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Which Currency is Naira Better Than?

The Naira has seen better days. Nevertheless, despite the download trend on the Naira value in the past few years, the Nigerian currencies is still a lot more valuable than many foreign currencies. In this article, we look at just the 10 currencies the Naira is better than.

So, you want to know which currency is Naira better than? Check them below: 

1. Venezuelan Sovereign Bolvar 

Venezuelan Sovereign Bolvar is the world’s cheapest currency so the Naira is stronger than it by a mile. COVID19 caused severe inflation, and its value fell to an all-time low in 2020. Since then, things have only gotten worse. 

In March 2021, the Central Bank of Venezuela launched three new banknotes in denominations of 200, 500, and 1 million bolvars in an attempt to stabilize the country’s economy. On the 20th of August, 2018, the bolivar was redenominated. The main cause was hyperinflation, which peaked at over 830,000 percent and continued to rise day by day. 

2. Iranian Rial 

The Iranian Rial is the world’s second-cheapest currency. You’re a millionaire in Iran with thousands of NairaIts depreciation began in 1979, following the Islamic Revolution, when many firms fled the nation due to the unpredictability of the situation. 

Then there was the Iran-Iraq War, followed by economic restrictions imposed as a result of Iran’s nuclear program. The Iranian government also restricted citizens’ access to foreign currency, resulting in a huge increase in the black market. All of this harmed the economy and depreciated the currency by about 400%. 

In 2015, the Iranian government decided to sign a nuclear agreement with the United States, France, the United Kingdom, China, Russia, and Germany in order to reduce sanctions. It helped to improve the situation and keep the local currency stable. However, the United States asserted in 2018 that Iran is moving forward with its nuclear program. 

Sanctions have been tightened, limiting the country’s access to global commodity markets. Iran was no longer able to export its petroleum, which accounted for roughly 69 percent of its annual revenue. It incurred a significant national budget deficit. Other industries, such as petrochemistry and metallurgy, were also subject to sanctions. 

3. Dong

The Vietnamese Dong is the world’s third most undervalued currency. Vietnam is currently struggling to transition from a centralized to a market economy, and as a result, the country’s currency has depreciated significantly. 

The Dong is now ranked third among the world’s poorest currencies. Experts, on the other hand, believe that the Vietnamese government is on the right track and that the country would soon catch up to its Asian neighbors.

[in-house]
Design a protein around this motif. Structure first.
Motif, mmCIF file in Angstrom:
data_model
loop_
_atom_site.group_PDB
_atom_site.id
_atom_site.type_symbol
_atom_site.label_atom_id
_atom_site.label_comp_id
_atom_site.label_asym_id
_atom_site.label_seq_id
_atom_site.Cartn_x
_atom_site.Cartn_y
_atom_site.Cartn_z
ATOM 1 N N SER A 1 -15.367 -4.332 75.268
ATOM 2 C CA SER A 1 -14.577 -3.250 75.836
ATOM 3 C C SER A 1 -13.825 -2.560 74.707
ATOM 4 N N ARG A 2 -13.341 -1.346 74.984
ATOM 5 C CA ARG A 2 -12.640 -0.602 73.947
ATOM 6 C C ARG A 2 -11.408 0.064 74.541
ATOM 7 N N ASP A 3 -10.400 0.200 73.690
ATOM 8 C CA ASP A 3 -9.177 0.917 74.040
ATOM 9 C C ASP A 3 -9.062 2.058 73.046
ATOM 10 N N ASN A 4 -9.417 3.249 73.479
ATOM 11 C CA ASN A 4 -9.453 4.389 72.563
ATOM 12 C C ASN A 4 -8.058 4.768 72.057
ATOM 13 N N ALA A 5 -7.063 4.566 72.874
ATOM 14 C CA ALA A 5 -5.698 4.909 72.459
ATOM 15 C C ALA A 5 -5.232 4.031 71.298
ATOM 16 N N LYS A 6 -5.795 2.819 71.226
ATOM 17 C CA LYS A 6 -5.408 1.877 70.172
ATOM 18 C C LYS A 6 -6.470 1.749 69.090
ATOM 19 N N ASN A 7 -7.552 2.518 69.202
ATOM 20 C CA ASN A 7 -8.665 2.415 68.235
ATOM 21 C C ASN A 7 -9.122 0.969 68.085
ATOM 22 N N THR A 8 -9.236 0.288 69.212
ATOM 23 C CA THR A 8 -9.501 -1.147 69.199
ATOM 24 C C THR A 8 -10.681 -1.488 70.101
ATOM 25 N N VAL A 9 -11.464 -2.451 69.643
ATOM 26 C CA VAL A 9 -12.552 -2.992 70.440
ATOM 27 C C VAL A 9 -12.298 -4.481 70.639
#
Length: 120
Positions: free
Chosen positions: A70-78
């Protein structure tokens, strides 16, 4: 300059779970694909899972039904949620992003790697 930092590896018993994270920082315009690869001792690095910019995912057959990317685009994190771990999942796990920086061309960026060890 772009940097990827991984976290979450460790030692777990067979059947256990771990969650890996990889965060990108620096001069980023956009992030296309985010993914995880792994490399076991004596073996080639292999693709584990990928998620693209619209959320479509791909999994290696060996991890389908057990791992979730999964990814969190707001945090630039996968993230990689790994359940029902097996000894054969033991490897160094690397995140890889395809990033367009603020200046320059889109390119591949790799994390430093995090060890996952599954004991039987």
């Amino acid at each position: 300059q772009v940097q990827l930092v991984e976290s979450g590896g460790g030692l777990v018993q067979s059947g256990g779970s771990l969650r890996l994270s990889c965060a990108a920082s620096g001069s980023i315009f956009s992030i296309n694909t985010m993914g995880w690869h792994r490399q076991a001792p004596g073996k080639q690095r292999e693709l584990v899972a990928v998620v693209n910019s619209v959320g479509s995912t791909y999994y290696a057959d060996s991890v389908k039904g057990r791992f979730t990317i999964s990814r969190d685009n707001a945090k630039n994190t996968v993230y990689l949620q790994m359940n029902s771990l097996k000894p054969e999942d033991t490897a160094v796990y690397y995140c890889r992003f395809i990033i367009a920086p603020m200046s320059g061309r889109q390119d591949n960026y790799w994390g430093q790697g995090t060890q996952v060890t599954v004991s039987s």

4. Indonesian Rupiah 

Indonesia is a Southeast Asian country that is economically stable and well-developed. Its currency, on the other hand, has an extremely low exchange rate. The country’s regulatory authorities have tried everything they can to bolster the national currency, but their efforts have had only little results. 

Due to the low value of old-style banknotes, the president issued a presidential decree on September 5, 2016, issuing seven new banknotes in values ranging from one thousand to one hundred thousand rupiahs. 

5. Uzbek Sum

The current Sum entered circulation on July 1, 1994, with a ratio of 1 Sum to 1000 Sum-coupons, as decreed by the President of Uzbekistan. As a result of their monetary policy liberalization, the Sum’s exchange rate against the US dollar was established at 1 USD = 8,100 UZS on September 5, 2017, with a projected range of 8,000-8,150 UZS for 1 US dollar. That’s way poor compared to the Naira as $1 is less than N600 and has been for previous years.

6. Sierra Leonean Leone

Sierra Leone is an impoverished African country that has undergone numerous critical tests, causing the local currency to depreciate. There has just been a battle there, and the deadly Ebola virus has resurfaced. 

The Bank of Sierra Leone decided to redenominate the Sierra Leonean Leone in August 2021. Old banknotes will be replaced with new ones known as the New Leone, with 1 New Leone equaling 1,000 old SLL. 

7. Guinean Franc

A high inflation rate, progressing poverty, and thriving criminals devalued the currency of Guinea – the African country with one of the most inflated currencies. This country’s currency should be one of the most valuable, given its natural resources such as gold, diamonds, and aluminum. 

8. Lao or Laotian Kip

The Lao is the only currency on this list, which did not devalue but was originally introduced with an extremely low rate. Besides, since its creation in 1952, the currency did strengthen against the US Dollar and continues to improve its value. 

9.  Paraguay Guarani

Paraguay is the poorest country in South America. It experienced a devastating economic downturn, which included inflation, corruption, bad education, a large number of poor people, significant unemployment, and so on. Paraguay exports cotton and soybeans, but these commodities are insufficient to meet the country’s economic demands. 

10. Cambodian Riel 

At number 10, we have the Cambodian Riel; the world’s tenth-weakest currency. The Cambodian Riel is the currency of this Southeast Asian monarchy. The Indochinese Piaster was replaced by this monetary unit in 1995. 

The Riel had a low exchange rate at first, and it was unpopular among locals who preferred to use international currencies. Many Cambodians now choose to pay in US dollars, causing the native currency to depreciate even further.